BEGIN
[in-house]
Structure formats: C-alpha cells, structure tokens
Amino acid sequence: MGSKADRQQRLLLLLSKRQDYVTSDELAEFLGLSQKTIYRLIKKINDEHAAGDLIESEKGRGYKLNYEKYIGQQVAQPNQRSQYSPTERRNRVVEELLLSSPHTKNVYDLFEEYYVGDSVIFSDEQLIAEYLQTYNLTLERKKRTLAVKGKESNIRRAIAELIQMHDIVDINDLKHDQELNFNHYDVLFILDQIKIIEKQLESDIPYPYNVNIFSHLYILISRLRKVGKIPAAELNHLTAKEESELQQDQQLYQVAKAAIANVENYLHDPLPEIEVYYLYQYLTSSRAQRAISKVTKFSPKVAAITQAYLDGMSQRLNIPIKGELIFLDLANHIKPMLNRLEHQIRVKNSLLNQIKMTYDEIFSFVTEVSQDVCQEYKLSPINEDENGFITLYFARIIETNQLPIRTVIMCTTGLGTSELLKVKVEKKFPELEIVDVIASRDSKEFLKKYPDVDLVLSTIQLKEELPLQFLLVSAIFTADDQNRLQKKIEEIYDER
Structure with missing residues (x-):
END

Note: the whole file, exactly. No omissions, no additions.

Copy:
[in-house]
Structure formats: C-alpha cells, structure tokens
Amino acid sequence: MGSKADRQQRLLLLLSKRQDYVTSDELAEFLGLSQKTIYRLIKKINDEHAAGDLIESEKGRGYKLNYEKYIGQQVAQPNQRSQYSPTERRNRVVEELLLSSPHTKNVYDLFEEYYVGDSVIFSDEQLIAEYLQTYNLTLERKKRTLAVKGKESNIRRAIAELIQMHDIVDINDLKHDQELNFNHYDVLFILDQIKIIEKQLESDIPYPYNVNIFSHLYILISRLRKVGKIPAAELNHLTAKEESELQQDQQLYQVAKAAIANVENYLHDPLPEIEVYYLYQYLTSSRAQRAISKVTKFSPKVAAITQAYLDGMSQRLNIPIKGELIFLDLANHIKPMLNRLEHQIRVKNSLLNQIKMTYDEIFSFVTEVSQDVCQEYKLSPINEDENGFITLYFARIIETNQLPIRTVIMCTTGLGTSELLKVKVEKKFPELEIVDVIASRDSKEFLKKYPDVDLVLSTIQLKEELPLQFLLVSAIFTADDQNRLQKKIEEIYDER
Structure with missing residues (x-):